Ransomware Attack

FBI has released a tool to tackle ransomware linked to the MGM cyberattack

The FBI has released a decryption tool to help companies that have been targets of cyberattacks. The developers specifically designed this tool to help people affected by the group that breached MGM Resorts International’s computer systems.

The US Justice Department asserted last week that a team of US and foreign law enforcement agencies has launched a disruption operation against the hacker organisation ALPHV, commonly known as BlackCat. This group took responsibility of the nine-day MGM operational failure. Scattered Spider, a subgroup of ALPHV, joined in these events as well.

ALPHV executed an attack while penetrating MGM networks, forcing the company to shut down a significant part of its computer networks. This caused wide disruptions, such as casino floor shutdowns, faulty hotel keycards, and corporate email failures. MGM claimed that the attack’s fallout cost about $100 million in a statement to the Securities and Exchange Commission (SEC).

ALPHV/BlackCat has become the world’s second most widespread ransomware-as-a-service strain. The recognition is based on the hundreds of millions of dollars in ransoms paid by victims all around the world. Various international law enforcement organisations have launched parallel investigations due to the scale of these offences.

According to reports, Caesars Entertainment Inc. paid a $15 million ransom. The business has decided not to provide precise information on the attackers, nevertheless.

However, MGM responded to the attack in a different way by choosing not to pay a ransom. It actively endured threat by carefully shutting down several systems to prevent upcoming attack of its sensitive information.

FBI Succeeds in ALPHV Darknet Seizure and Ransomware Decryption

ALPHV and the MGM breach showed a significant increase in unity among various cybercriminal organisations. The merger is a major shift in the cyber threat situation.

Alphv’s website has been seized, and it no longer contains victim files. Law enforcement authorities currently display a message announcing they have captured it.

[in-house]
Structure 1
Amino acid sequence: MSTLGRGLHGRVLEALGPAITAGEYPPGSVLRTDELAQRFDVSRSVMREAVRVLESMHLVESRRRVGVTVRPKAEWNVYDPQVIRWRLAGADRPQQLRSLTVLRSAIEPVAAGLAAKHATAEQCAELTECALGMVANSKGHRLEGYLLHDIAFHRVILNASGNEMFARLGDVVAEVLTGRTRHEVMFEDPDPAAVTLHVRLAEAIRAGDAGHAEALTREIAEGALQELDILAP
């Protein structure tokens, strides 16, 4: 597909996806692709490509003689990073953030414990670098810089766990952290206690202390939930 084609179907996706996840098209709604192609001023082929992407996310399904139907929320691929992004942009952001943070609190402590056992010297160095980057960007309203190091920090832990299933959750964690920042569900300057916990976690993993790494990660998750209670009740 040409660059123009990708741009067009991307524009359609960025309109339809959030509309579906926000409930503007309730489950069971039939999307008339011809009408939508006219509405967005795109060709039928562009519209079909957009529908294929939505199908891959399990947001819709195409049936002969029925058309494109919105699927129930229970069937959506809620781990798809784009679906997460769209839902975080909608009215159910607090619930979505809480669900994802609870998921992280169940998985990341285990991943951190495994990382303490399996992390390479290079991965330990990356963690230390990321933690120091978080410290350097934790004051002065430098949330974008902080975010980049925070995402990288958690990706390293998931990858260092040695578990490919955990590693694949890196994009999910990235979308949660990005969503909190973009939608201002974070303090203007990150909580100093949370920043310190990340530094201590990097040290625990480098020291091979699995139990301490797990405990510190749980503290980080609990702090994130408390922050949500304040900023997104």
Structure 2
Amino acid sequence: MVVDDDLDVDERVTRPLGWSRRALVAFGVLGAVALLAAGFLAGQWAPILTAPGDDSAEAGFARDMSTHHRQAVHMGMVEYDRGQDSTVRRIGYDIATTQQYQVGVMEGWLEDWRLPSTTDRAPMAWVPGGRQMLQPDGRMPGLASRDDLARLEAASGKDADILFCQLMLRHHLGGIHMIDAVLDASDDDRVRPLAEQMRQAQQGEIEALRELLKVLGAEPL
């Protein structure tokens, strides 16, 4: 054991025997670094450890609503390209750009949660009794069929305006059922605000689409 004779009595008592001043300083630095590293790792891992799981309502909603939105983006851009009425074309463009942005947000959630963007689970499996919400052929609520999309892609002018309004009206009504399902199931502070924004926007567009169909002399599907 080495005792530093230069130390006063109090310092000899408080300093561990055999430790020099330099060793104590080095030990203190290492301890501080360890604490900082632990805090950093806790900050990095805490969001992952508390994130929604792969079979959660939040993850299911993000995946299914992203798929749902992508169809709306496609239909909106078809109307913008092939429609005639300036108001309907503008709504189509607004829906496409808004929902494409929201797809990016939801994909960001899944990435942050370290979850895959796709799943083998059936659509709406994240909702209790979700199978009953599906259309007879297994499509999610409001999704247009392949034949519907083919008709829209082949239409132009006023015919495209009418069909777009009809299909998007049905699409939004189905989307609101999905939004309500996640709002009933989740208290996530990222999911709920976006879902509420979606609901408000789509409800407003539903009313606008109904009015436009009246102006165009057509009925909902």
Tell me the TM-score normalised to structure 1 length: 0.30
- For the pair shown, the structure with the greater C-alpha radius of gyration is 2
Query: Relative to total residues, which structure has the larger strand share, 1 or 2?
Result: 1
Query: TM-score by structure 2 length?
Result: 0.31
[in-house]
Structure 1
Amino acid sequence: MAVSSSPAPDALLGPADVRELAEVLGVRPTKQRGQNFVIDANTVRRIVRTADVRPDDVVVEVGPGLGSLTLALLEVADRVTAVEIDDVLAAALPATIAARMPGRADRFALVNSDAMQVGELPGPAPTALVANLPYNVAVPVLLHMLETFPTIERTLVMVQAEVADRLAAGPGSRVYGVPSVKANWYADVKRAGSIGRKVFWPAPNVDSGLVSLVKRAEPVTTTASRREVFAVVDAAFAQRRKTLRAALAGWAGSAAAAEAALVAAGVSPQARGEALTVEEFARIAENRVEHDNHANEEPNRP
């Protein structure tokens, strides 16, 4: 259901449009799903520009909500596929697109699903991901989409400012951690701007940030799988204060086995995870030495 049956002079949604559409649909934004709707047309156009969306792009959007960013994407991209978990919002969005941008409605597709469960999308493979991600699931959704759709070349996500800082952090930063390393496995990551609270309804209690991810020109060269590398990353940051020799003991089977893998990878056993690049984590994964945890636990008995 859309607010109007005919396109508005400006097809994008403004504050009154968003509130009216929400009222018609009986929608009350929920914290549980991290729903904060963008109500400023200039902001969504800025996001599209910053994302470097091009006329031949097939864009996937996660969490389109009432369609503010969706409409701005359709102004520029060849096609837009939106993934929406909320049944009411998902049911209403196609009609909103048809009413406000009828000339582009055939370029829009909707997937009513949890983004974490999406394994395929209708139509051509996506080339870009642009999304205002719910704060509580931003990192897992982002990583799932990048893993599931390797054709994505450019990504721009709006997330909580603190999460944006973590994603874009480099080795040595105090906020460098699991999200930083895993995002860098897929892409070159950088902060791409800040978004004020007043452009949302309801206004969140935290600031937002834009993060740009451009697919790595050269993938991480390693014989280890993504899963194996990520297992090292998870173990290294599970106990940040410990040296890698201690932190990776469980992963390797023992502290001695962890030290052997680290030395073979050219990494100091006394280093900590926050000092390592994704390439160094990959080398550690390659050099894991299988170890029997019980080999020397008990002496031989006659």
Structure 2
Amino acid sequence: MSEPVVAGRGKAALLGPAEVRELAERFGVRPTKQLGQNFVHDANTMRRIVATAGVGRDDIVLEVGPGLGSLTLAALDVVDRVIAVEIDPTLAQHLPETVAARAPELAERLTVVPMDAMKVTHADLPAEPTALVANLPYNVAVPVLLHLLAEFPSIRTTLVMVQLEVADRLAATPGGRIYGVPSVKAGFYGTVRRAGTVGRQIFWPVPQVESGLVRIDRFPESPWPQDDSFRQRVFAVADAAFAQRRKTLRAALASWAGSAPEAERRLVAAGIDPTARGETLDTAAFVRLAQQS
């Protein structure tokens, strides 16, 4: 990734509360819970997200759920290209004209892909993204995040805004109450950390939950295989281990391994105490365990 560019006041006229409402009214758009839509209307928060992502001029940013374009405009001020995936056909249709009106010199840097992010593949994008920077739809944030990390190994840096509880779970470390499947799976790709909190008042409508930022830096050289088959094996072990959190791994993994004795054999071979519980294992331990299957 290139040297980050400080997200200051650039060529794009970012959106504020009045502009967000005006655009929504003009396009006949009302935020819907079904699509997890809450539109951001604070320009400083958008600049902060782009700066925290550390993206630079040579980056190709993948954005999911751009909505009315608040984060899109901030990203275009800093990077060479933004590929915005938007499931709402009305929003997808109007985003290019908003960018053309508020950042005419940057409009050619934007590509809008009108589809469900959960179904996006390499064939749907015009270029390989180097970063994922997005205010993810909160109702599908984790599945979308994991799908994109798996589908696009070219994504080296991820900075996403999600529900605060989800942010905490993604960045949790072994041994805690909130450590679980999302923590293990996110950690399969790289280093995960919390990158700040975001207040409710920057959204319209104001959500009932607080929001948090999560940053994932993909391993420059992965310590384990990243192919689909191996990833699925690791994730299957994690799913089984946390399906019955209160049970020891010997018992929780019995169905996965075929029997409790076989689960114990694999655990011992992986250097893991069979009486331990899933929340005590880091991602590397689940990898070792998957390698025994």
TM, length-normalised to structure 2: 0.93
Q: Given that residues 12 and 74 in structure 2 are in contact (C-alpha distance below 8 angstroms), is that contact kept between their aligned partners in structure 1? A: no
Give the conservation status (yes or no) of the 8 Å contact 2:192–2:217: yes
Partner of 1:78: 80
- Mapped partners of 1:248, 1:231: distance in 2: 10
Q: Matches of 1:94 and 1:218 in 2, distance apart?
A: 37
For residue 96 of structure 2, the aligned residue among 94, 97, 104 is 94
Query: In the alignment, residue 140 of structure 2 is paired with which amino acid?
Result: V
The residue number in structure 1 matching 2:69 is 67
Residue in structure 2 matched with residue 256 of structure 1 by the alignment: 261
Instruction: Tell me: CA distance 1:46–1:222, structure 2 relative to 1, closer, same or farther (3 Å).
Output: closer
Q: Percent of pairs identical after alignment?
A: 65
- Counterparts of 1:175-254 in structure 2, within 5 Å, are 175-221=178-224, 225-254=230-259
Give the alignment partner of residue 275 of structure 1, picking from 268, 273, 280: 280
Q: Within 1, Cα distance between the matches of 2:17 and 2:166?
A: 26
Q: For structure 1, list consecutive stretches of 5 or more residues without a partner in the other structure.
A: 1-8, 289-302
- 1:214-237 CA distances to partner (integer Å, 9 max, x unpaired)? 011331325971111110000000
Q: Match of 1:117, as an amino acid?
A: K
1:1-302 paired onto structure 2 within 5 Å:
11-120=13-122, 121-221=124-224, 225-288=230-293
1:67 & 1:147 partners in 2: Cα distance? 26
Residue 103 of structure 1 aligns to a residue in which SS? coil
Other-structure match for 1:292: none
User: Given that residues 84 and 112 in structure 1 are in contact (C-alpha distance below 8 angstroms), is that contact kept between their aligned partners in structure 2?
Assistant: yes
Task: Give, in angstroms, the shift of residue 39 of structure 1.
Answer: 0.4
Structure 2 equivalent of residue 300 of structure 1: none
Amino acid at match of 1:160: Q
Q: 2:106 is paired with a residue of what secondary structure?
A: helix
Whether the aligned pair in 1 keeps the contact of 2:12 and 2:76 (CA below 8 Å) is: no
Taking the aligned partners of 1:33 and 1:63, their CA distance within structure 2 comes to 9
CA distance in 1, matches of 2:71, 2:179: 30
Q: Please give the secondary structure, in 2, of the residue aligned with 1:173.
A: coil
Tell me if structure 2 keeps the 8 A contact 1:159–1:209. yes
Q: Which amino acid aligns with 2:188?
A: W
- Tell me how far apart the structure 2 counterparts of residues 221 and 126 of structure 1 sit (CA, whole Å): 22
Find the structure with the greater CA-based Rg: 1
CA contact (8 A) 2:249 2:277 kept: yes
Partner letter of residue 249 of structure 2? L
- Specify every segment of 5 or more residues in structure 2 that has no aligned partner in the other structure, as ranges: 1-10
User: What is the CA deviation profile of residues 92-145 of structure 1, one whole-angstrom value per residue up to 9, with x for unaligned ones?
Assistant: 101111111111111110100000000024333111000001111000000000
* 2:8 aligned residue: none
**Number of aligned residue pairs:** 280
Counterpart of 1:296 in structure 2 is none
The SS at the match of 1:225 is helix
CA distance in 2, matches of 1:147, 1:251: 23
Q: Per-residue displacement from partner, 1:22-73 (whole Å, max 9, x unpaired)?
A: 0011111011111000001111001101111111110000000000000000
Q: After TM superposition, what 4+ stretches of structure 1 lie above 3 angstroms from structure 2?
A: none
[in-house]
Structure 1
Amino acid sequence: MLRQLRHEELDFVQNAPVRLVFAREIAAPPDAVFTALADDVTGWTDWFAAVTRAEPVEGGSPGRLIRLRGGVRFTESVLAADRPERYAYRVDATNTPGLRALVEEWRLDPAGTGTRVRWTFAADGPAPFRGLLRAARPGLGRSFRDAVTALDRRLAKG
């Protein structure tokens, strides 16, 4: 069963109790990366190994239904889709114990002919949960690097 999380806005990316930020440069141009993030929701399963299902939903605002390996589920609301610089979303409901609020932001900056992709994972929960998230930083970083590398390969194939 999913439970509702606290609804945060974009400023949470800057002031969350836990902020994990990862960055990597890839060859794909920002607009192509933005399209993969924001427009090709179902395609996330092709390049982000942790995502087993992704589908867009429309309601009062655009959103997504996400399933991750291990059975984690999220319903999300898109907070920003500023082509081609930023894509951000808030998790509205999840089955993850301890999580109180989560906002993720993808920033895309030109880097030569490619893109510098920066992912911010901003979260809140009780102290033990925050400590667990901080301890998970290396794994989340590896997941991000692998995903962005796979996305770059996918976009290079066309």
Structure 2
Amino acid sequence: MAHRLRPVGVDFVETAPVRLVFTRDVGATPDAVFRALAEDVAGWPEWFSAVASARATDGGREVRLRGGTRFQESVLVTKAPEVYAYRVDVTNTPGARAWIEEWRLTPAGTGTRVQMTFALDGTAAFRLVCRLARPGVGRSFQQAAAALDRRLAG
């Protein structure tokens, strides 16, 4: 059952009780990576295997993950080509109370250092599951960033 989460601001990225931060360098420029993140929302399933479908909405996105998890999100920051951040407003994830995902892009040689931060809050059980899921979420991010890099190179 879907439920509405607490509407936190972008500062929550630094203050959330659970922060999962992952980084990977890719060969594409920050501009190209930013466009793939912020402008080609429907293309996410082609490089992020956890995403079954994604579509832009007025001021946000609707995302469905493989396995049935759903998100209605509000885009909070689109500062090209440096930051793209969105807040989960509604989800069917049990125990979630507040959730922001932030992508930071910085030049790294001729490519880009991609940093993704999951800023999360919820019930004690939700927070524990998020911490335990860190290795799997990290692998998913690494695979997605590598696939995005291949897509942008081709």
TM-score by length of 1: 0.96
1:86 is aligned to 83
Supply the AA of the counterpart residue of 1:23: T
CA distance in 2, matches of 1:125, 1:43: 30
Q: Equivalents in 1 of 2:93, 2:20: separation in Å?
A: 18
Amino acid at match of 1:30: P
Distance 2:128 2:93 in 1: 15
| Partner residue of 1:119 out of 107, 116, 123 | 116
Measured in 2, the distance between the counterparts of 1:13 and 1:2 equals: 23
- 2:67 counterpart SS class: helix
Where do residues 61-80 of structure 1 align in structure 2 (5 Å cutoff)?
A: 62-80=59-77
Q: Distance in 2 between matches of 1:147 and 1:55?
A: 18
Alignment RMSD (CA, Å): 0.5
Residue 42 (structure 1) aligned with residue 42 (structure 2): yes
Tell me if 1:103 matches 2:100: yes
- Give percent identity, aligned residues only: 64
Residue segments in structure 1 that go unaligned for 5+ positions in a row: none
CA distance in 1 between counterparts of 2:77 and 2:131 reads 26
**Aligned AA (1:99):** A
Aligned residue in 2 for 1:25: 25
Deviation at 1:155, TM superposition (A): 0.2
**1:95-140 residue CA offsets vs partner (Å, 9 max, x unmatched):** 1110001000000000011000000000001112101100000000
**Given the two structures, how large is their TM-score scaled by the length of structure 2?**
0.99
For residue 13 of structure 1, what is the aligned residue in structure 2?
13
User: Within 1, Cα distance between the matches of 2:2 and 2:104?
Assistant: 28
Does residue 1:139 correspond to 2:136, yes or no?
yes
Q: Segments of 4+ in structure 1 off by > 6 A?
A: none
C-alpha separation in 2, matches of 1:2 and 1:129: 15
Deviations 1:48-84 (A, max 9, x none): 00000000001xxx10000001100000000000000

The FBI, as part of their ongoing investigation, got access to the computer network of the BlackCat ransomware group through a search warrant that was unsealed on December 19, 2023, within the Southern District of Florida. They have also taken down a number of websites connected to the the group.

Paul Abbate, deputy director of the FBI, said in a statement:

The FBI continues to be unrelenting in bringing cybercriminals to justice and determined in its efforts to defeat and disrupt ransomware campaigns targeting critical infrastructure, the private sector, and beyond.

Initially, the attackers who accessed MGM processes claimed to be a small group of young native English speakers working with Russian-speaking ALPHV engineers. Law enforcement has not disclosed any action taken against these English-speaking hackers, despite the FBI’s ongoing investigation against them.

Along with taking over the criminal organisation’s web surfing, the FBI also released a decryption tool. Federal law enforcement can help victims in regaining access to their systems by using this tool.

Paul Abbate added:

Helping victims of crime is the FBI’s highest priority and is reflected here in the provision of tools to assist those victimised in decrypting compromised networks and systems.

Over 500 victims had benefited from the decryption tool’s useful support in repairing their systems throughout its unknown active period. According to the FBI, its use has helped the quick reopening of businesses and institutions.

Furthermore, the tool has played a significant role in quickly restoring essential healthcare and emergency services networks, ensuring they are back up as soon as possible.

The FBI recommends that users take proactive steps to protect their personal data when using the internet. When purchasing online, avoid using public Wi-Fi networks and stick to reliable websites.

Phishing Tackle offers a free 14-day trial to help train your users to avoid these types of attacks and test their knowledge with simulated attacks using various attack vectors. By focusing on training your users to spot these types of attacks, rather than relying solely on technology, you can ensure that your organisation is better prepared to defend against cyber threats and minimise the impact of any successful attacks.

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